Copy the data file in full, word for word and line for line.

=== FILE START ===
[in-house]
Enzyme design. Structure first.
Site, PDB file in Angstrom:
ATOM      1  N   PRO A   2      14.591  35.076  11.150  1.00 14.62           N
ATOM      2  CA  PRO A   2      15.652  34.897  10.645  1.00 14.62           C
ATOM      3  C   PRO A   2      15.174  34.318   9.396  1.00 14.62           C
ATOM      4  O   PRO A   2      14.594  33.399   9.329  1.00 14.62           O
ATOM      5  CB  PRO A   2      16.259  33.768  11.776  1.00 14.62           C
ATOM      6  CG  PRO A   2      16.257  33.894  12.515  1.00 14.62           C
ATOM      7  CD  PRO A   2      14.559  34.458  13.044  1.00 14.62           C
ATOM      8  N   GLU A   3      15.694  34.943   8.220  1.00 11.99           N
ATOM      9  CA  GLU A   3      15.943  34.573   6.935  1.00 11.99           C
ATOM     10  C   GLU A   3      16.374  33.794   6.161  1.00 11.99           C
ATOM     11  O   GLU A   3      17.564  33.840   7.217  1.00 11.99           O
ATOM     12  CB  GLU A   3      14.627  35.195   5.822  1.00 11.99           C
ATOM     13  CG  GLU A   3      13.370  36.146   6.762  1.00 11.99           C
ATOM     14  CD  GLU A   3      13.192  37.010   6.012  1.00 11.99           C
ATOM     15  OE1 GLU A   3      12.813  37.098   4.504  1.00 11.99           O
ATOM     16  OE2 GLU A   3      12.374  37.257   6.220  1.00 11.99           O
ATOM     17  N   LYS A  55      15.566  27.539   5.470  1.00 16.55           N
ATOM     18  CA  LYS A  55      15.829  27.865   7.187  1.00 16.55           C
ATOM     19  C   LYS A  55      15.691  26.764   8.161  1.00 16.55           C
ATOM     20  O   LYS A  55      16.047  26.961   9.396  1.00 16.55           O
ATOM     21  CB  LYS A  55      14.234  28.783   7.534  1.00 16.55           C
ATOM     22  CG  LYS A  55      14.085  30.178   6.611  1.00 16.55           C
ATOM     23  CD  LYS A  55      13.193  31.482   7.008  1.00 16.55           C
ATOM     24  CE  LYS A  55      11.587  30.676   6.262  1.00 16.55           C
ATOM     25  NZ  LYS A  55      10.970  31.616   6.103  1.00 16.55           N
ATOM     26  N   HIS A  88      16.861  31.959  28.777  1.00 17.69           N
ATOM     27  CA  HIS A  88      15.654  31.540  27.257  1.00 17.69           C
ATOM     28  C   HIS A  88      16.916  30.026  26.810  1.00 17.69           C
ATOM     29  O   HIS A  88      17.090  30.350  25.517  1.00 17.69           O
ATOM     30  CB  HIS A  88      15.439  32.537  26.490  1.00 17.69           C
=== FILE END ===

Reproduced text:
[in-house]
Enzyme design. Structure first.
Site, PDB file in Angstrom:
ATOM      1  N   PRO A   2      14.591  35.076  11.150  1.00 14.62           N
ATOM      2  CA  PRO A   2      15.652  34.897  10.645  1.00 14.62           C
ATOM      3  C   PRO A   2      15.174  34.318   9.396  1.00 14.62           C
ATOM      4  O   PRO A   2      14.594  33.399   9.329  1.00 14.62           O
ATOM      5  CB  PRO A   2      16.259  33.768  11.776  1.00 14.62           C
ATOM      6  CG  PRO A   2      16.257  33.894  12.515  1.00 14.62           C
ATOM      7  CD  PRO A   2      14.559  34.458  13.044  1.00 14.62           C
ATOM      8  N   GLU A   3      15.694  34.943   8.220  1.00 11.99           N
ATOM      9  CA  GLU A   3      15.943  34.573   6.935  1.00 11.99           C
ATOM     10  C   GLU A   3      16.374  33.794   6.161  1.00 11.99           C
ATOM     11  O   GLU A   3      17.564  33.840   7.217  1.00 11.99           O
ATOM     12  CB  GLU A   3      14.627  35.195   5.822  1.00 11.99           C
ATOM     13  CG  GLU A   3      13.370  36.146   6.762  1.00 11.99           C
ATOM     14  CD  GLU A   3      13.192  37.010   6.012  1.00 11.99           C
ATOM     15  OE1 GLU A   3      12.813  37.098   4.504  1.00 11.99           O
ATOM     16  OE2 GLU A   3      12.374  37.257   6.220  1.00 11.99           O
ATOM     17  N   LYS A  55      15.566  27.539   5.470  1.00 16.55           N
ATOM     18  CA  LYS A  55      15.829  27.865   7.187  1.00 16.55           C
ATOM     19  C   LYS A  55      15.691  26.764   8.161  1.00 16.55           C
ATOM     20  O   LYS A  55      16.047  26.961   9.396  1.00 16.55           O
ATOM     21  CB  LYS A  55      14.234  28.783   7.534  1.00 16.55           C
ATOM     22  CG  LYS A  55      14.085  30.178   6.611  1.00 16.55           C
ATOM     23  CD  LYS A  55      13.193  31.482   7.008  1.00 16.55           C
ATOM     24  CE  LYS A  55      11.587  30.676   6.262  1.00 16.55           C
ATOM     25  NZ  LYS A  55      10.970  31.616   6.103  1.00 16.55           N
ATOM     26  N   HIS A  88      16.861  31.959  28.777  1.00 17.69           N
ATOM     27  CA  HIS A  88      15.654  31.540  27.257  1.00 17.69           C
ATOM     28  C   HIS A  88      16.916  30.026  26.810  1.00 17.69           C
ATOM     29  O   HIS A  88      17.090  30.350  25.517  1.00 17.69           O
ATOM     30  CB  HIS A  88      15.439  32.537  26.490  1.00 17.69           C